Psychosis and schizophrenia greatly impact the brain’s normal processes, which interfere with the ability to think clearly. When symptoms of these disorders are uncontrolled, patients may struggle to function in daily life. However, patients often thrive when properly diagnosed and treated under the close supervision of a psychiatric mental health practitioner. For this Assignment, as you examine the patient case study in this week’s Learning Resources, consider how you might assess and treat patients presenting with psychosis and schizophrenia.
Examine Case Study: Pakistani Woman With Delusional Thought Processes. You will be asked to make three decisions concerning the medication to prescribe to this patient. Be sure to consider factors that might impact the patient’s pharmacokinetic and pharmacodynamic processes.
At each decision point, you should evaluate all options before selecting your decision and moving throughout the exercise. Before you make your decision, make sure that you have researched each option and that you evaluate the decision that you will select. Be sure to research each option using the primary literature.
Introduction to the case (1 page)
Decision #1 (1 page)
Decision #2 (1 page)
Decision #3 (1 page)
Conclusion (1 page)
Note: Support your rationale with a minimum of five academic resources. While you may use the course text to support your rationale, it will not count toward the resource requirement. You should be utilizing the primary and secondary literature.
Reminder : The College of Nursing requires that all papers submitted include a title page, introduction, summary, and references. The Sample Paper provided at the Walden Writing Center provides an example of those required elements (available at https://academicguides.waldenu.edu/writingcenter/templates/general#s-lg-box-20293632). All papers submitted must use this formatting.
Freudenreich, O., Goff, D. C., & Henderson, D. C. (2016). Antipsychotic drugs. In T. A. Stern, M. Favo, T. E. Wilens, & J. F. Rosenbaum. (Eds.), Massachusetts General Hospital psychopharmacology and neurotherapeutics (pp. 72–85). Elsevier.
American Psychiatric Association. (2019). Practice guideline for the treatment of patients with schizophrenia. https://www.psychiatry.org/File%20Library/Psychiatrists/Practice/Clinical%20Practice%20Guidelines/APA-Draft-Schizophrenia-Treatment-Guideline.pdf
Funk, M. C., Beach, S. R., Bostwick, J. R., Celano, C. M., Hasnain, M., Pandurangi, A., Khandai, A., Taylor, A., Levenson, J. L., Riba, M., & Kovacs, R. J. (2018). Resource document on QTc prolongation and psychotropic medications. American Psychiatric Association. https://www.psychiatry.org/File%20Library/Psychiatrists/Directories/Library-and-Archive/resource_documents/Resource-Document-2018-QTc-Prolongation-and-Psychotropic-Med.pdf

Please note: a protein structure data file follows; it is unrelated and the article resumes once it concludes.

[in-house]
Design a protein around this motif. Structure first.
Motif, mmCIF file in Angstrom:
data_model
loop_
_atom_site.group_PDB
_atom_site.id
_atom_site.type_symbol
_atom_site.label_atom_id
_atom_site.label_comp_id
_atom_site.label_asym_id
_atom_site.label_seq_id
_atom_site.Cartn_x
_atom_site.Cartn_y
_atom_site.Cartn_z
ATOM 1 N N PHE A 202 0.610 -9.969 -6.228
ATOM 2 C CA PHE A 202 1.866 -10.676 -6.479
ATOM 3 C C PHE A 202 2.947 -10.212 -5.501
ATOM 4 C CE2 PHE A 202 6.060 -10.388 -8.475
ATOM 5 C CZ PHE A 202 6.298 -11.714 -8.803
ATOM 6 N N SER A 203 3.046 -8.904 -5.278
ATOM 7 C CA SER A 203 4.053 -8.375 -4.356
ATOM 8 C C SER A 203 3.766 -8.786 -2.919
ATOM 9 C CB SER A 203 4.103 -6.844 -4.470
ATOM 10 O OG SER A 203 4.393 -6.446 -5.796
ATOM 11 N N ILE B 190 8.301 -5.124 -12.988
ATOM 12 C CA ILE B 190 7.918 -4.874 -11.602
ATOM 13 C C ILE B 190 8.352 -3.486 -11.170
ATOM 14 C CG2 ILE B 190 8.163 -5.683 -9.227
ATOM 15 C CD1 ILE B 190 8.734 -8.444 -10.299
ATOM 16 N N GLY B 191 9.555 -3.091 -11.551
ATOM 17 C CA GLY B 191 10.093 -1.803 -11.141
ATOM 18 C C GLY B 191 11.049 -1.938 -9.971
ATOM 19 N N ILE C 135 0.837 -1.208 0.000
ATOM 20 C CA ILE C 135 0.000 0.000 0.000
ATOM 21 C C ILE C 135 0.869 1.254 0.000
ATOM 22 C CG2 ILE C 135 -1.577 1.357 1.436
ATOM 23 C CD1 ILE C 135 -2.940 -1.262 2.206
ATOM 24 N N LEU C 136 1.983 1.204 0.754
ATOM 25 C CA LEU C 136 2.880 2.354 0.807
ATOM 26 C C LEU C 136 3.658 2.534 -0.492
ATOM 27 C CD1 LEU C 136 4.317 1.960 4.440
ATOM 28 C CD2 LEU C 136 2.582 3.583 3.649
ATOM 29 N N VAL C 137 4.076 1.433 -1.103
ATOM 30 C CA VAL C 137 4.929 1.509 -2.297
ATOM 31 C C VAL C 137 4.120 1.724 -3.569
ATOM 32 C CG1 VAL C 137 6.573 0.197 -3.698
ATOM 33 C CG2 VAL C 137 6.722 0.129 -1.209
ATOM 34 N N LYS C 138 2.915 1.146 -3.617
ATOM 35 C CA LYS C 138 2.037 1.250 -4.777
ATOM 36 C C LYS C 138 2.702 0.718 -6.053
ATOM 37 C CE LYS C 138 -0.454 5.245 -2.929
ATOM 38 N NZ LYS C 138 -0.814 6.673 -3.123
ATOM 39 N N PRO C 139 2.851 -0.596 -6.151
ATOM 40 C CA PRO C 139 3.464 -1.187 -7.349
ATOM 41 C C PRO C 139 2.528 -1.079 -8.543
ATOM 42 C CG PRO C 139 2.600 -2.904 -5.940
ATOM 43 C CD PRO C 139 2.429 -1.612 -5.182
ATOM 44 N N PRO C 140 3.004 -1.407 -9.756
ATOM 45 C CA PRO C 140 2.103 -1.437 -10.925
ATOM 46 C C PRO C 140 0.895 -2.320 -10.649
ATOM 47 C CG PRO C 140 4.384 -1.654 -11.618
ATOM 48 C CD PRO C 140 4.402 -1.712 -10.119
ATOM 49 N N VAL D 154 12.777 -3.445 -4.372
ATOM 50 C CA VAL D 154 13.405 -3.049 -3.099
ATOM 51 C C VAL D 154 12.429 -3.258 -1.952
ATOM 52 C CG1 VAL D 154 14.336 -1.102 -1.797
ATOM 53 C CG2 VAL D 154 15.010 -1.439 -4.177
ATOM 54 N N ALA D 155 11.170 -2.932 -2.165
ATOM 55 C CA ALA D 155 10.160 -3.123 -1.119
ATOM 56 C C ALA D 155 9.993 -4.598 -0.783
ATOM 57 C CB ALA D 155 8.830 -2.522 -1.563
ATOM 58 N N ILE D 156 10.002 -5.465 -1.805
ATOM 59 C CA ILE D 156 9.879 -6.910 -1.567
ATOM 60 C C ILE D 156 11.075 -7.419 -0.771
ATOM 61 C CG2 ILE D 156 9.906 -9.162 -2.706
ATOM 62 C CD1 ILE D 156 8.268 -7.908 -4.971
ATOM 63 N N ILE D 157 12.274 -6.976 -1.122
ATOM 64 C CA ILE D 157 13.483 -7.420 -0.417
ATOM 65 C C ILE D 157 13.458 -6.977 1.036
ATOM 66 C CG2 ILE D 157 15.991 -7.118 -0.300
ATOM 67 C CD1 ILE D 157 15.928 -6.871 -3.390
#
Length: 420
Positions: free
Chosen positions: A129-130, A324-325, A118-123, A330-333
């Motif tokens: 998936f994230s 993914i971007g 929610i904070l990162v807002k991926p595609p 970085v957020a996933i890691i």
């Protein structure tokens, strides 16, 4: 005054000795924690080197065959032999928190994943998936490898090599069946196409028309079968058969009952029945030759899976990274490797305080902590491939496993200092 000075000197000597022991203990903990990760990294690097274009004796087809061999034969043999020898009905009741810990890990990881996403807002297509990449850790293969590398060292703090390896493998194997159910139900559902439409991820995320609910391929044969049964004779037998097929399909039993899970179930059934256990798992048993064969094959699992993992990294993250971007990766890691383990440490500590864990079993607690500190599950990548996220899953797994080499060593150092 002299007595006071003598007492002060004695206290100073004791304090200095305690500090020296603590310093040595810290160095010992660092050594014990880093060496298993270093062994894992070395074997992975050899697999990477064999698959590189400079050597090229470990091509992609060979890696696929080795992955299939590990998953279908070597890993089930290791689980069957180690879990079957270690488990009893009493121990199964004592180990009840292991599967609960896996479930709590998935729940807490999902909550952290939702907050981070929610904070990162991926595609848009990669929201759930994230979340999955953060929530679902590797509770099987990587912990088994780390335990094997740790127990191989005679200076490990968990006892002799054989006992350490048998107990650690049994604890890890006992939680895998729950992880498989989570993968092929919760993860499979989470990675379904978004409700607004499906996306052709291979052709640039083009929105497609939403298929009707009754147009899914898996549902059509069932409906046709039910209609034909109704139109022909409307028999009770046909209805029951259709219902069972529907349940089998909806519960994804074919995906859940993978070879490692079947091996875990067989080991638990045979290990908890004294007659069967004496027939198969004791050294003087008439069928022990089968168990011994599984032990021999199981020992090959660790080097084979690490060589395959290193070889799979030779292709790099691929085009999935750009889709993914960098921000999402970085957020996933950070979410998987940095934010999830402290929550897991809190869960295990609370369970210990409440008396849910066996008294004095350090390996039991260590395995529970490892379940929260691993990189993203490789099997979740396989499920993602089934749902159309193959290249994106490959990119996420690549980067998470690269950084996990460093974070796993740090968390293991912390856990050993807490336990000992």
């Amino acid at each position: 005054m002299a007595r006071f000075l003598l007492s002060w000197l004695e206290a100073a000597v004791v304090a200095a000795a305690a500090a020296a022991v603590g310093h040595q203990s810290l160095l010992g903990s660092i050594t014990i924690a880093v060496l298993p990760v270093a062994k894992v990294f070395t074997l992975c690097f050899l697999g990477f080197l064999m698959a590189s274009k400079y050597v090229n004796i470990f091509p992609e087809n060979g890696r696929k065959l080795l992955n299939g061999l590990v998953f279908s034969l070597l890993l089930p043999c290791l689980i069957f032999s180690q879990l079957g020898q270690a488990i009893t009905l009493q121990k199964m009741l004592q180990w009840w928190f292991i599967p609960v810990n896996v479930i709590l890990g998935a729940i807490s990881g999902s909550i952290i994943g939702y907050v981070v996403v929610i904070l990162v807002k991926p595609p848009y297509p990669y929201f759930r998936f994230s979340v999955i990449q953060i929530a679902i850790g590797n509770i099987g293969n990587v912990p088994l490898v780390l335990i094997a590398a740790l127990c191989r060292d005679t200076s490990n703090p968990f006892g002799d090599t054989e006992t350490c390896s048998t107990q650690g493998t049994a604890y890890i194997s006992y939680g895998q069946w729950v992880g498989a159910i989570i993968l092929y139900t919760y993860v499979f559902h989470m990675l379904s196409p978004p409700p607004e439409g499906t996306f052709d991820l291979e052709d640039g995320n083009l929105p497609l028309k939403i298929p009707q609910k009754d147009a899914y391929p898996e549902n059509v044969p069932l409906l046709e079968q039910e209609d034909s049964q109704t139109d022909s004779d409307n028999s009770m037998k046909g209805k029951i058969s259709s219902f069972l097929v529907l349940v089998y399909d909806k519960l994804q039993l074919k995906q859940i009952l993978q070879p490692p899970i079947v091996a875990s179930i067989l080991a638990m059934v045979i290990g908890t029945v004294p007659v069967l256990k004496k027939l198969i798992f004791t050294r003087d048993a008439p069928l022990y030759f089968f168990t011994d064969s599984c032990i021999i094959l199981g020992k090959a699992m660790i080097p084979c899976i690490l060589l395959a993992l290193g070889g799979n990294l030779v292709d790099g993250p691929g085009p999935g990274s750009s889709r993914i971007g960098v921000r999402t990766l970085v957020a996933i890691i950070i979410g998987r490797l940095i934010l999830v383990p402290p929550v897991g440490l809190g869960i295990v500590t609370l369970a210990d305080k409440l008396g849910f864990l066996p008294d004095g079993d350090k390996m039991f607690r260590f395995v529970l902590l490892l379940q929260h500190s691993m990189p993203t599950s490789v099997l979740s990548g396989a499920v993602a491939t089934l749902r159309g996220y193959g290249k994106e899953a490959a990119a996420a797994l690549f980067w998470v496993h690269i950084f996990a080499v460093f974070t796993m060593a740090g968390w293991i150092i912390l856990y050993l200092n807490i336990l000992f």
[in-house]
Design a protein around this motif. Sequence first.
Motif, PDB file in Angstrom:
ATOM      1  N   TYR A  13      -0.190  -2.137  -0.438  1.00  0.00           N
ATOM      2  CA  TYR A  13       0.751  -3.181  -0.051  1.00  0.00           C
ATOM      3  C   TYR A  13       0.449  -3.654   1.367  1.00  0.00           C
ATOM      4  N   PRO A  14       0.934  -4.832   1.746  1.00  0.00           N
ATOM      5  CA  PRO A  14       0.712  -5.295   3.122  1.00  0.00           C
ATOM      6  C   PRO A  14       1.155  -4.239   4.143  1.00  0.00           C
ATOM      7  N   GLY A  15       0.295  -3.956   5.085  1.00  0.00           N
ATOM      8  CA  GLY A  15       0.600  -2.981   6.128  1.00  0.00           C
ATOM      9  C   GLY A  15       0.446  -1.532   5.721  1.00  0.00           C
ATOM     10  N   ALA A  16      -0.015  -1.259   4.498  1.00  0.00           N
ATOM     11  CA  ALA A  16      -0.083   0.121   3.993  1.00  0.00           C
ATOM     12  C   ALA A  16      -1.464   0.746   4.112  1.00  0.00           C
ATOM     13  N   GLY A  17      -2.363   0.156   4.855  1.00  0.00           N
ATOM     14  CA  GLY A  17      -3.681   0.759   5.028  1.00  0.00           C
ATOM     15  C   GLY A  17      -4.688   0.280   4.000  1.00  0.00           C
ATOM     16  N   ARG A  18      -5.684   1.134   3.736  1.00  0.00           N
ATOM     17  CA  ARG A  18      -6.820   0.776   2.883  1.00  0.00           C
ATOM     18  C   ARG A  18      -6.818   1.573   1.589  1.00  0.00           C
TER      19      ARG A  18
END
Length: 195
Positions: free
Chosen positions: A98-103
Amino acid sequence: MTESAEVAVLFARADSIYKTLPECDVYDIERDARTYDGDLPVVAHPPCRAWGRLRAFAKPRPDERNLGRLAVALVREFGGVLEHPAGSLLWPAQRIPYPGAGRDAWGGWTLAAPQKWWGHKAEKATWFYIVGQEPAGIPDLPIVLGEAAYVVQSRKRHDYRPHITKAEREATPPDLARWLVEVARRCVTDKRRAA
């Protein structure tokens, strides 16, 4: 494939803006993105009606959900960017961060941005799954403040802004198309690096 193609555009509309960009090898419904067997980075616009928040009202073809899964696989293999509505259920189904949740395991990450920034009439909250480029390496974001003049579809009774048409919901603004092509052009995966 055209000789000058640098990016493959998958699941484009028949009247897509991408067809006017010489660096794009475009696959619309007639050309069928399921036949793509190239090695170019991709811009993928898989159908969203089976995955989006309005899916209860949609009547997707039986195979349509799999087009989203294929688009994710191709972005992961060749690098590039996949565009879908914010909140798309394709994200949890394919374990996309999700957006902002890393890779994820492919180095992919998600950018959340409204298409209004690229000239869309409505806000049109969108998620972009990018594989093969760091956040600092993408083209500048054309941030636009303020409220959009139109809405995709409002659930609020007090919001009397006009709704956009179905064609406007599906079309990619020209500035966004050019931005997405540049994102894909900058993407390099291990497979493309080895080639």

McClellan, J. & Stock. S. (2013). Practice parameter for the assessment and treatment of children and adolescents with schizophrenia. Journal of the American Academy of Child and Adolescent Psychiatry, 52(9), 976–990. https://www.jaacap.org/article/S0890-8567(09)62600-9/pdf
The client is a 34-year-old Pakistani female who moved to the United States in her late teens/early 20s. She is currently in an “arranged” marriage (her husband was selected for her when she was 9 years old). She presents following a 21-day hospitalization for what was diagnosed as “brief psychotic disorder.” She was given this diagnosis as her symptoms have persisted for less than 1 month.
Prior to admission, she was reporting visions of Allah, and over the course of a week, she believed that she was the prophet Mohammad. She believed that she would deliver the world from sin. Her husband became concerned about her behavior to the point that he was afraid of leaving their 4 children with her. One evening, she was “out of control,” which resulted in his calling the police and her subsequent admission to an inpatient psych unit.
During today’s assessment, she appears quite calm and insists that the entire incident was “blown out of proportion.” She denies that she believed herself to be the prophet Mohammad and states that her husband was just out to get her because he never loved her and wanted an “American wife” instead of her. She says she knows this because the television is telling her so.
She currently weighs 140 lbs., and she is 5’ 5.
Client reports that her mood is “good.” She denies auditory/visual hallucinations but believes that the television talks to her. She believes that Allah sends her messages through the TV. At times throughout the clinical interview, she becomes hostile towards you but then calms down.
A review of her hospital records shows that she received a medical workup from physician, who reported her to be in overall good health. Lab studies were all within normal limits.
Client admits that she stopped taking her Risperdal about a week after she got out of the hospital because she thinks her husband is going to poison her so that he can marry an American woman.